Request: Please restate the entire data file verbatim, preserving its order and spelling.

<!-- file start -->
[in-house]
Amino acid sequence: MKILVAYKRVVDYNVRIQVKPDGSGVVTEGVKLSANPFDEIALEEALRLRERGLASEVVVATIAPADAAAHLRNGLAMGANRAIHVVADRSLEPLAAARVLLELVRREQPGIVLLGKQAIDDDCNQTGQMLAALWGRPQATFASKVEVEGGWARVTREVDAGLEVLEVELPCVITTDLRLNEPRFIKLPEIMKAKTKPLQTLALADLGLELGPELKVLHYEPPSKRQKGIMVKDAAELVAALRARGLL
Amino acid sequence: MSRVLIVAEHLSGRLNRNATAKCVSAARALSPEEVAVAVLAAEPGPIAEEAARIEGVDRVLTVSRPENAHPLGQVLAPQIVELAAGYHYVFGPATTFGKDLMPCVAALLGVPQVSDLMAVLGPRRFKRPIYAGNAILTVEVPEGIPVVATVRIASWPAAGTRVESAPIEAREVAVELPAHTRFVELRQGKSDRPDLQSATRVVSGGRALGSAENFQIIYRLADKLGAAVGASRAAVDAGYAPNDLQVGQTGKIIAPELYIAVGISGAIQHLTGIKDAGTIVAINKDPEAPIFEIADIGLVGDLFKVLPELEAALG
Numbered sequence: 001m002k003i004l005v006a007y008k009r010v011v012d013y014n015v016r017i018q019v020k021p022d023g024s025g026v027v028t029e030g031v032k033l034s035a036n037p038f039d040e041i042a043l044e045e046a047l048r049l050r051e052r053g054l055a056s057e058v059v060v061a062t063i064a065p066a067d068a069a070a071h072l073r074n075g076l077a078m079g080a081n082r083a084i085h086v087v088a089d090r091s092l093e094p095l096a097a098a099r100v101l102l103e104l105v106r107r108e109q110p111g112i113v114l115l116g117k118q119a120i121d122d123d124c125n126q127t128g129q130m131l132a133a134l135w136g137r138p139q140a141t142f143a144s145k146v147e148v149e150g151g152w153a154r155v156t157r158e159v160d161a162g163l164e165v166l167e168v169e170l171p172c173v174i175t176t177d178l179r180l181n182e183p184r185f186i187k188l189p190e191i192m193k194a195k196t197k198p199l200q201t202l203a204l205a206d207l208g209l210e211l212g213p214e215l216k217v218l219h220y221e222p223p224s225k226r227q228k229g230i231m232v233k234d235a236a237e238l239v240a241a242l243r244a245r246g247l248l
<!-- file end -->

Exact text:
[in-house]
Amino acid sequence: MKILVAYKRVVDYNVRIQVKPDGSGVVTEGVKLSANPFDEIALEEALRLRERGLASEVVVATIAPADAAAHLRNGLAMGANRAIHVVADRSLEPLAAARVLLELVRREQPGIVLLGKQAIDDDCNQTGQMLAALWGRPQATFASKVEVEGGWARVTREVDAGLEVLEVELPCVITTDLRLNEPRFIKLPEIMKAKTKPLQTLALADLGLELGPELKVLHYEPPSKRQKGIMVKDAAELVAALRARGLL
Amino acid sequence: MSRVLIVAEHLSGRLNRNATAKCVSAARALSPEEVAVAVLAAEPGPIAEEAARIEGVDRVLTVSRPENAHPLGQVLAPQIVELAAGYHYVFGPATTFGKDLMPCVAALLGVPQVSDLMAVLGPRRFKRPIYAGNAILTVEVPEGIPVVATVRIASWPAAGTRVESAPIEAREVAVELPAHTRFVELRQGKSDRPDLQSATRVVSGGRALGSAENFQIIYRLADKLGAAVGASRAAVDAGYAPNDLQVGQTGKIIAPELYIAVGISGAIQHLTGIKDAGTIVAINKDPEAPIFEIADIGLVGDLFKVLPELEAALG
Numbered sequence: 001m002k003i004l005v006a007y008k009r010v011v012d013y014n015v016r017i018q019v020k021p022d023g024s025g026v027v028t029e030g031v032k033l034s035a036n037p038f039d040e041i042a043l044e045e046a047l048r049l050r051e052r053g054l055a056s057e058v059v060v061a062t063i064a065p066a067d068a069a070a071h072l073r074n075g076l077a078m079g080a081n082r083a084i085h086v087v088a089d090r091s092l093e094p095l096a097a098a099r100v101l102l103e104l105v106r107r108e109q110p111g112i113v114l115l116g117k118q119a120i121d122d123d124c125n126q127t128g129q130m131l132a133a134l135w136g137r138p139q140a141t142f143a144s145k146v147e148v149e150g151g152w153a154r155v156t157r158e159v160d161a162g163l164e165v166l167e168v169e170l171p172c173v174i175t176t177d178l179r180l181n182e183p184r185f186i187k188l189p190e191i192m193k194a195k196t197k198p199l200q201t202l203a204l205a206d207l208g209l210e211l212g213p214e215l216k217v218l219h220y221e222p223p224s225k226r227q228k229g230i231m232v233k234d235a236a237e238l239v240a241a242l243r244a245r246g247l248l